A DMS can be configured and organized so that is workspaces or folders reflect the records management file plan. File plan references and retention schedule labels can be stored as metadata for each document within the DMS. It can also provide retention and disposition functionality, although it is not usually as sophisticated or as flexible as that found in a specialist records management system. This DMS functionality can be particularly helpful if your records strategy includes a requirement to “manage in place” – that is you do not wish to copy or move (often referred to as archiving) your documents to a separate system.
However, when you start to increase the volume of records, the complexity of your file plan or retention schedule, or you need to manage physical records and electronic records across multiple and diverse systems covering both structured data, and unstructured information, then you really need a specialist RM system. Such a system will provide additional functionality above and beyond that provided by the DMS to ensure that:
The complexity of your business needs, your legal and regulatory compliance requirements, and many of the other factors mentioned above will determine whether a DMS can help realize your records management strategy, or whether you need a separate records management system.
To learn more about the advantages and disadvantages of different legal software solutions, plus how they overlap and complement each other, check out our Legal Technology Cheat Sheet.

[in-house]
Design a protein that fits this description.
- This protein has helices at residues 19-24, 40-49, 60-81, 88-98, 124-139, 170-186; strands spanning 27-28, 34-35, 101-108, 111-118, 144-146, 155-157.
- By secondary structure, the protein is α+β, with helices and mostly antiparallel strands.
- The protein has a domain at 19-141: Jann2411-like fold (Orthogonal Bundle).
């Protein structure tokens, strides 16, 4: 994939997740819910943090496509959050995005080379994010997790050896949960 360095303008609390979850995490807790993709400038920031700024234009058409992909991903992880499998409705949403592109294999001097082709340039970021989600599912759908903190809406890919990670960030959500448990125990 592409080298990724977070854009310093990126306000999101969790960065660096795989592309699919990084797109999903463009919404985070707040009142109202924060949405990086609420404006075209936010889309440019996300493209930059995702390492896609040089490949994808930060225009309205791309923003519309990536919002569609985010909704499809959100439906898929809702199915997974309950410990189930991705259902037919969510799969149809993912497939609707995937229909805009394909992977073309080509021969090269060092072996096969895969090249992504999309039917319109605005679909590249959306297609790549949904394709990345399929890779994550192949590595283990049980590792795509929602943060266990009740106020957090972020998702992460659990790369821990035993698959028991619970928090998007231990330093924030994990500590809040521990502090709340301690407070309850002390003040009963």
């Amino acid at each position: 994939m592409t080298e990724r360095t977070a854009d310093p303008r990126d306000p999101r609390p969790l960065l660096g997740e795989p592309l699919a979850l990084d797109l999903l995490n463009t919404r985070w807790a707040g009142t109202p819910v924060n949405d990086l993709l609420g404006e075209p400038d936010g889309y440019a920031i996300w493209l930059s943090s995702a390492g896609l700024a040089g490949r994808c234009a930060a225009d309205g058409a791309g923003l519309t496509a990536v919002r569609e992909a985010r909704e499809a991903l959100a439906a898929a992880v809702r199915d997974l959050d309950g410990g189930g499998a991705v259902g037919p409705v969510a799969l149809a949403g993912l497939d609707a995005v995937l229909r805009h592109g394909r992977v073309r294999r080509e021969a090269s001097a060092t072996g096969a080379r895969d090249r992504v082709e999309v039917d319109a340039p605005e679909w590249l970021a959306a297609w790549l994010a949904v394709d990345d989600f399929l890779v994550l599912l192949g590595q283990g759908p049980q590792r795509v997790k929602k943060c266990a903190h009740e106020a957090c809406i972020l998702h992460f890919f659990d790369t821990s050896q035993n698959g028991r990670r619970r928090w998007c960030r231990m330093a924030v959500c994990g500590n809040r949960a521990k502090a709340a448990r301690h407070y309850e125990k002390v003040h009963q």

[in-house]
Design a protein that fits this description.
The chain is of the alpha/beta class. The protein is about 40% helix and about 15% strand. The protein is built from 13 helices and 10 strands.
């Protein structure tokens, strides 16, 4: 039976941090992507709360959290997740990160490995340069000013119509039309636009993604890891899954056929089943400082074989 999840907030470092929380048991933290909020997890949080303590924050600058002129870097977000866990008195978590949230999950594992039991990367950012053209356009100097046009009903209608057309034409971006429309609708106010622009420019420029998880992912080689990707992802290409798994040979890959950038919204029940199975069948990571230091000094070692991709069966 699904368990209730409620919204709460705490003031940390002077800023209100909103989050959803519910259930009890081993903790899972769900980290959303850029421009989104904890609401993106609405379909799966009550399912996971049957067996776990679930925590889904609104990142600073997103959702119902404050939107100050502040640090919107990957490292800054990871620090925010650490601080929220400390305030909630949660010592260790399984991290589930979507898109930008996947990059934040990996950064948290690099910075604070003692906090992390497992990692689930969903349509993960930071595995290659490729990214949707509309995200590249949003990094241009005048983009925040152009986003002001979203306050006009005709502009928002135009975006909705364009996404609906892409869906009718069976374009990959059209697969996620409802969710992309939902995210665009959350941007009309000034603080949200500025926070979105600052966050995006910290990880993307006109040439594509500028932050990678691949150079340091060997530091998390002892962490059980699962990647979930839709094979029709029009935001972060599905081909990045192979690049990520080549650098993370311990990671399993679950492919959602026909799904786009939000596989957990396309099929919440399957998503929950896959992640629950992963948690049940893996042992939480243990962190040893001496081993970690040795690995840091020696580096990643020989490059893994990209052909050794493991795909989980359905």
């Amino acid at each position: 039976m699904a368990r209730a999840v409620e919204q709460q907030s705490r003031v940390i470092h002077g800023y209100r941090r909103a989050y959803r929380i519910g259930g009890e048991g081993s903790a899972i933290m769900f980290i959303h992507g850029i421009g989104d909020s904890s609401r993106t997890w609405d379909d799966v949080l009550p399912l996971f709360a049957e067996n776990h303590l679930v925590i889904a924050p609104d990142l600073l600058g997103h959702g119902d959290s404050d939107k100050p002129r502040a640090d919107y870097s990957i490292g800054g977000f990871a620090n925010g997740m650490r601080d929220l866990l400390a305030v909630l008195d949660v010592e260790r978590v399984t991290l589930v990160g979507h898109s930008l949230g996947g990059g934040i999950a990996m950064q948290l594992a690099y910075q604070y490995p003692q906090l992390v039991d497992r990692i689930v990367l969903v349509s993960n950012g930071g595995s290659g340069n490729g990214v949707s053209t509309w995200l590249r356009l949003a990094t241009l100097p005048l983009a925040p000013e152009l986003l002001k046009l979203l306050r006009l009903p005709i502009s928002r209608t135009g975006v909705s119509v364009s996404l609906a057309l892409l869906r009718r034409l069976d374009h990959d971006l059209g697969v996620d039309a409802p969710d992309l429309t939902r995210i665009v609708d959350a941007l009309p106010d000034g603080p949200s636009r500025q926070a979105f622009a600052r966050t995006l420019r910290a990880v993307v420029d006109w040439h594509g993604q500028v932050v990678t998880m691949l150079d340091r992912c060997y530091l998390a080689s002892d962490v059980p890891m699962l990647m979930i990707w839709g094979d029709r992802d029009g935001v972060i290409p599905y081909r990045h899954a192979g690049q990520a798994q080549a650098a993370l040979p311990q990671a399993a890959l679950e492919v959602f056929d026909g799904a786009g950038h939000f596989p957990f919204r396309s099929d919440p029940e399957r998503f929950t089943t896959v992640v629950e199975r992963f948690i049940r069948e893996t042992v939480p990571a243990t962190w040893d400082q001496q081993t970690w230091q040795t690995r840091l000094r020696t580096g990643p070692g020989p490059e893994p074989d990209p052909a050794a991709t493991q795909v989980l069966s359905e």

As the leading cloud-based document management solution, the NetDocuments platform is designed to help legal professionals maximize productivity with a suite of robust information management and information governance tools that allow you to create, edit, store, locate, and collaborate on documents — anywhere, on any device, with award-winning security capabilities.
NetDocuments provides features to apply to your records management policies to documents within our system, including flexible retention policies, legal holds capabilities, secure deletion and an extremely flexible metadata model that can map to a file plan or retention schedule.
We believe that you should always have access to the best that technology has to offer, which is why NetDocuments integrates with numerous leading electronic records management providers. This ensures that your processes stay streamlined and secure without sacrificing on features or expertise. And while NetDocuments is not a records management system, we do support document and records management best practices by allowing users to define document retention and archiving policies in the platform. This allows you to permanently delete and purge files based on criteria you choose.
By pairing your records management system with a powerful, secure, and flexible DMS like NetDocuments, you can ensure that your team has the best tools to do their best work.
Learn more about how NetDocuments can support your document management and records management strategies by scheduling a consultation today.